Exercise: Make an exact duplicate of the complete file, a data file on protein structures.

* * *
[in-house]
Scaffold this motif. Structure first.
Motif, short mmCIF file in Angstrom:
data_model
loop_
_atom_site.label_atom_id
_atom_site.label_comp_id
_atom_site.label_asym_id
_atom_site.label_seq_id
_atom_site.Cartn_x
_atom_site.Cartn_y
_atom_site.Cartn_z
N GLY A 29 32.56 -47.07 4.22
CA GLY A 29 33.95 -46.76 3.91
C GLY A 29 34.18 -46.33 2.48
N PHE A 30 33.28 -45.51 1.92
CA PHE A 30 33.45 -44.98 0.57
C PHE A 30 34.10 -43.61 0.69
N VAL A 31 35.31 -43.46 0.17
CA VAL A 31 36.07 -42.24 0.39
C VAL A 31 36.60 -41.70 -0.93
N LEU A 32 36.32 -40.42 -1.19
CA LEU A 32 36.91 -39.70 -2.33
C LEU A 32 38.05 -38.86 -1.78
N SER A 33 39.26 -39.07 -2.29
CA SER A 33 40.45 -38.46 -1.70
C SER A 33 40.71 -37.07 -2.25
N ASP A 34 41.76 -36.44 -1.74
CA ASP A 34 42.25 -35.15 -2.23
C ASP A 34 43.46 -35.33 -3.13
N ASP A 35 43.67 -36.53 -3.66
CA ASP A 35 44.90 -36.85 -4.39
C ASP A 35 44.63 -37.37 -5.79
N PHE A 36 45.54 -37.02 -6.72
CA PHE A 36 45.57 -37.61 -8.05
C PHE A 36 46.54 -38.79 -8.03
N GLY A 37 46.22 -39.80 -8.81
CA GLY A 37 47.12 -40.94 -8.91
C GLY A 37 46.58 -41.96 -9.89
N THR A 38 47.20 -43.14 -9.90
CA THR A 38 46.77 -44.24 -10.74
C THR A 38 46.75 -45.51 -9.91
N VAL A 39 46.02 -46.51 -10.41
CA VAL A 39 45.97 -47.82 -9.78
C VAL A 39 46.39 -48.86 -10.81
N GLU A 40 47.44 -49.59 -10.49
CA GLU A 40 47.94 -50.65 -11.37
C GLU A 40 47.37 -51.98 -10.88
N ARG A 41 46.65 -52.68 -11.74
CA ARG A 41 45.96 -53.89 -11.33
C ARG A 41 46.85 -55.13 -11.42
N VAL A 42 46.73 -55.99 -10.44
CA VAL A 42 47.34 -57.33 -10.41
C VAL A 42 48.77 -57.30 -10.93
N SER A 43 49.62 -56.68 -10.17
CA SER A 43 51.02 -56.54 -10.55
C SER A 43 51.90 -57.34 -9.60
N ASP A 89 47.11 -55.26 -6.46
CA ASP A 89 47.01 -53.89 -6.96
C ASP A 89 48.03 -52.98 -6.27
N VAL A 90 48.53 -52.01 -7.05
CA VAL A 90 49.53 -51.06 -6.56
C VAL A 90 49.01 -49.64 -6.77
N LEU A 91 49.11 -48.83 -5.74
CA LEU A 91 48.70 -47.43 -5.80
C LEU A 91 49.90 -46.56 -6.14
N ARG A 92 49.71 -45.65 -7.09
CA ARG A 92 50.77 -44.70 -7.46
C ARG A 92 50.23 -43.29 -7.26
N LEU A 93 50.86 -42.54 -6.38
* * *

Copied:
[in-house]
Scaffold this motif. Structure first.
Motif, short mmCIF file in Angstrom:
data_model
loop_
_atom_site.label_atom_id
_atom_site.label_comp_id
_atom_site.label_asym_id
_atom_site.label_seq_id
_atom_site.Cartn_x
_atom_site.Cartn_y
_atom_site.Cartn_z
N GLY A 29 32.56 -47.07 4.22
CA GLY A 29 33.95 -46.76 3.91
C GLY A 29 34.18 -46.33 2.48
N PHE A 30 33.28 -45.51 1.92
CA PHE A 30 33.45 -44.98 0.57
C PHE A 30 34.10 -43.61 0.69
N VAL A 31 35.31 -43.46 0.17
CA VAL A 31 36.07 -42.24 0.39
C VAL A 31 36.60 -41.70 -0.93
N LEU A 32 36.32 -40.42 -1.19
CA LEU A 32 36.91 -39.70 -2.33
C LEU A 32 38.05 -38.86 -1.78
N SER A 33 39.26 -39.07 -2.29
CA SER A 33 40.45 -38.46 -1.70
C SER A 33 40.71 -37.07 -2.25
N ASP A 34 41.76 -36.44 -1.74
CA ASP A 34 42.25 -35.15 -2.23
C ASP A 34 43.46 -35.33 -3.13
N ASP A 35 43.67 -36.53 -3.66
CA ASP A 35 44.90 -36.85 -4.39
C ASP A 35 44.63 -37.37 -5.79
N PHE A 36 45.54 -37.02 -6.72
CA PHE A 36 45.57 -37.61 -8.05
C PHE A 36 46.54 -38.79 -8.03
N GLY A 37 46.22 -39.80 -8.81
CA GLY A 37 47.12 -40.94 -8.91
C GLY A 37 46.58 -41.96 -9.89
N THR A 38 47.20 -43.14 -9.90
CA THR A 38 46.77 -44.24 -10.74
C THR A 38 46.75 -45.51 -9.91
N VAL A 39 46.02 -46.51 -10.41
CA VAL A 39 45.97 -47.82 -9.78
C VAL A 39 46.39 -48.86 -10.81
N GLU A 40 47.44 -49.59 -10.49
CA GLU A 40 47.94 -50.65 -11.37
C GLU A 40 47.37 -51.98 -10.88
N ARG A 41 46.65 -52.68 -11.74
CA ARG A 41 45.96 -53.89 -11.33
C ARG A 41 46.85 -55.13 -11.42
N VAL A 42 46.73 -55.99 -10.44
CA VAL A 42 47.34 -57.33 -10.41
C VAL A 42 48.77 -57.30 -10.93
N SER A 43 49.62 -56.68 -10.17
CA SER A 43 51.02 -56.54 -10.55
C SER A 43 51.90 -57.34 -9.60
N ASP A 89 47.11 -55.26 -6.46
CA ASP A 89 47.01 -53.89 -6.96
C ASP A 89 48.03 -52.98 -6.27
N VAL A 90 48.53 -52.01 -7.05
CA VAL A 90 49.53 -51.06 -6.56
C VAL A 90 49.01 -49.64 -6.77
N LEU A 91 49.11 -48.83 -5.74
CA LEU A 91 48.70 -47.43 -5.80
C LEU A 91 49.90 -46.56 -6.14
N ARG A 92 49.71 -45.65 -7.09
CA ARG A 92 50.77 -44.70 -7.46
C ARG A 92 50.23 -43.29 -7.26
N LEU A 93 50.86 -42.54 -6.38